Does an image really show you the full picture?
X-rays and MRIs are an important and powerful tool but can be misunderstood.
X-rays are the most commonly used technique for imaging and are frequently used to assess bones and MRI’s are better used for diagnosing joint problems and evaluating soft tissue injuries, including any damage to tendons and ligaments.
When going for an X-ray or an MRI people assume any findings from this must be the reason for the pain that they are feeling. However some of these findings are completely normal and are not linked to the pain they experience!
According to the research, 80% of asymptomatic (pain free) 50 year olds have disc degeneration, which is also known commonly as ‘wear and tear’, and 40% of people in their 30’s are walking around with a disc bulge in their neck without even realising it.
This is so important to understand as people are commonly given a diagnosis of having degenerative changes to their spine and therefore believe the pain they are experiencing must be linked to that. However this research has proven that it is a normal part of the ageing process which starts from a young age. Although these changes of ageing aren’t reversible, they are manageable for the majority of individuals.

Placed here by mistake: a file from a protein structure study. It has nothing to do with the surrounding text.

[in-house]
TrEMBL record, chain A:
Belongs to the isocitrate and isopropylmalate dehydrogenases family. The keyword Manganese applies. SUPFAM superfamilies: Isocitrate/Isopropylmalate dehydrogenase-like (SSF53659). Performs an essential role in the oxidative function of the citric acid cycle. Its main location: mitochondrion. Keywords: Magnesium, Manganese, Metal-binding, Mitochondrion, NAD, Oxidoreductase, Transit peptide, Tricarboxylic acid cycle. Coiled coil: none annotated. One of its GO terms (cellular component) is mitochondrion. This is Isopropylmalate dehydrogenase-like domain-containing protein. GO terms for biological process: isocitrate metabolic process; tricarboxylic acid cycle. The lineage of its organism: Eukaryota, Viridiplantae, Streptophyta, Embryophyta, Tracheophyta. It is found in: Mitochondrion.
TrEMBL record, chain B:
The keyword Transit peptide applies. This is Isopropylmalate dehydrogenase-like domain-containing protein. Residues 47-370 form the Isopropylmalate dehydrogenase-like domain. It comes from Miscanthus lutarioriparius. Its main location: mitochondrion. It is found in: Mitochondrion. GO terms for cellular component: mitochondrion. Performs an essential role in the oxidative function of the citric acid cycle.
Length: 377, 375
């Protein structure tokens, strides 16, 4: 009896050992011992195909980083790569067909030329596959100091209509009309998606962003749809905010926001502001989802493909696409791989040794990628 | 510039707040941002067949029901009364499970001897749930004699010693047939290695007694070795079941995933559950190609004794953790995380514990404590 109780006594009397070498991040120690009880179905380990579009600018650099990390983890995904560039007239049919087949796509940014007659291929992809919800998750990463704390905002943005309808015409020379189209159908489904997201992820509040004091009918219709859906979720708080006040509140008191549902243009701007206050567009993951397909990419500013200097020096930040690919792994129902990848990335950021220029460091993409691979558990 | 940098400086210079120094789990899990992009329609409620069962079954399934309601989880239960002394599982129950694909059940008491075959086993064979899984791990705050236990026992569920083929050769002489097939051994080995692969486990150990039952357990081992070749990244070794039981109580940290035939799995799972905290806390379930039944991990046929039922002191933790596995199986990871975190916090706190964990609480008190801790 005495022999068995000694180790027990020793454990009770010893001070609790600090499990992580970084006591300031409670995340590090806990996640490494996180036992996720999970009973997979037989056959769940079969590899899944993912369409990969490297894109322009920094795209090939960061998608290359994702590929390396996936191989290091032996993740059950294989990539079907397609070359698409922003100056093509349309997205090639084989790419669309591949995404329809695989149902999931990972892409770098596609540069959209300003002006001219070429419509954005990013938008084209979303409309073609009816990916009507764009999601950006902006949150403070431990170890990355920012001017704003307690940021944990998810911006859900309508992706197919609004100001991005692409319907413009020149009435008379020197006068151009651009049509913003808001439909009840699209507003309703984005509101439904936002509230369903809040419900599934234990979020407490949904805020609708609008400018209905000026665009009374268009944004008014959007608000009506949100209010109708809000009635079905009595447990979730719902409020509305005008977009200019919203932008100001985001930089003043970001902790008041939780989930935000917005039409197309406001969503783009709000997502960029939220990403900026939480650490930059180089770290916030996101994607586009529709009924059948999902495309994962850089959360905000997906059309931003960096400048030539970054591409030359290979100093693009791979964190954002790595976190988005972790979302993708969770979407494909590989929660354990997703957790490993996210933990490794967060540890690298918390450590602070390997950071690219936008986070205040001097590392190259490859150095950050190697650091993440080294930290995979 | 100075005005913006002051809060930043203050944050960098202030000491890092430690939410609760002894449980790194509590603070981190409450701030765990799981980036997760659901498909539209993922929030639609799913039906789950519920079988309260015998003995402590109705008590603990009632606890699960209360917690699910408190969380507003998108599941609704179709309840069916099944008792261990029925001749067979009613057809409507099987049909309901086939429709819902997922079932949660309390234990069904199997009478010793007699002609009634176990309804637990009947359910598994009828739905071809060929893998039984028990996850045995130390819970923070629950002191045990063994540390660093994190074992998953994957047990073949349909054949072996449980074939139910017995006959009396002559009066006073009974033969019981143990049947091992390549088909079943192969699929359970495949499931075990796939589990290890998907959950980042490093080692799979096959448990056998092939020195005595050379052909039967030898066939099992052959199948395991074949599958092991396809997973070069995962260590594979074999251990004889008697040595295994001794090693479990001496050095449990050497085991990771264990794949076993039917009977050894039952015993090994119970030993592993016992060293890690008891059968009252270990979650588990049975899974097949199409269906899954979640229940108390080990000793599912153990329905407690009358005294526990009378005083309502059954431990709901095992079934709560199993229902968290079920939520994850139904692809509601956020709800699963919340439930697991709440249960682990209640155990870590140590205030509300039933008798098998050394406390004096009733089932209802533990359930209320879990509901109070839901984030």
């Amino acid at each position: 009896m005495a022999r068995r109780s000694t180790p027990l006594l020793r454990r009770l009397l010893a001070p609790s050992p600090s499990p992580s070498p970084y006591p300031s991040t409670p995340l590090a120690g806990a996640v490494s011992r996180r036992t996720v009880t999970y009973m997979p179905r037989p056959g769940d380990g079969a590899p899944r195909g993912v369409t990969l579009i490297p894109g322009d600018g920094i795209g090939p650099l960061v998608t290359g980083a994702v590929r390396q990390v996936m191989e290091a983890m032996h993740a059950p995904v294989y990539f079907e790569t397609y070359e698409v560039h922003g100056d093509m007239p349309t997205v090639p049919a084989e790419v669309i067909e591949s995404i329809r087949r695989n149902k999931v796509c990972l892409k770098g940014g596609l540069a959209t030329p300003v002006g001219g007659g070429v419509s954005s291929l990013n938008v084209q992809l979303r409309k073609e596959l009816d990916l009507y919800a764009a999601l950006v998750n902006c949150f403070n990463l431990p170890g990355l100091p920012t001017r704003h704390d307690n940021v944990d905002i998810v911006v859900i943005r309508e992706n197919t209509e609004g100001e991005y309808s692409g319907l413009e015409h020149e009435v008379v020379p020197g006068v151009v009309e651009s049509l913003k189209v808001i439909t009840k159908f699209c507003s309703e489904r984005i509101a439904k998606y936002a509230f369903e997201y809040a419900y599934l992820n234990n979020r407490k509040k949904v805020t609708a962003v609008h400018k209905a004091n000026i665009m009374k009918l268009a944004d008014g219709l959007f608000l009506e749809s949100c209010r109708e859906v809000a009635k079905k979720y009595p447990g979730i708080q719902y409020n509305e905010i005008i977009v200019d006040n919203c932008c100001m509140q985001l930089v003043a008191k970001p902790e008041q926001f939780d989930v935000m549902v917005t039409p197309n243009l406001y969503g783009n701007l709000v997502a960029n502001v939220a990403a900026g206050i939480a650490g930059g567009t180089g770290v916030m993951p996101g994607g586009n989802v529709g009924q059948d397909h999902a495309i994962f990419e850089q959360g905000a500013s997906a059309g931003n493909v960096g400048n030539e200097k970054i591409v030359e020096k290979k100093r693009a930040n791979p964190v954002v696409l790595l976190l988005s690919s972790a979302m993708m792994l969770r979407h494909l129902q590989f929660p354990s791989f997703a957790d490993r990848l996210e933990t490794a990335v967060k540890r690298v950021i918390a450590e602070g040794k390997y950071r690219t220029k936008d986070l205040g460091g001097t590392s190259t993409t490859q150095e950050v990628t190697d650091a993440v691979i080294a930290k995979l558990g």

As Chiropractor we use important assessment techniques to assess muscles and joints, and often these findings do not show up on images. So therefore remember that images don’t always define your pain and when suffering with a musculoskeletal complaint a physical/manual therapist can be an alternative option to medication or surgery.
Brinjikji, W., Luetmer, P.H., Comstock, B., Bresnahan, B. W., Chen, L. E., Deyo, R. A., …& Wald, J.T. (2015).
Systematic literature review of imaging features of spinal degeneration in asymptomatic populations. American Journal of Neuroradiology, 36(4), 811-816.
Above blog written by Chiropractor Samantha Allen. If you would like more help with your neck pain and to find out if you really need an MRI book your Chiropractic consultation now or call us on 0203 633 0565. Samantha is available Tuesdays and Thursdays.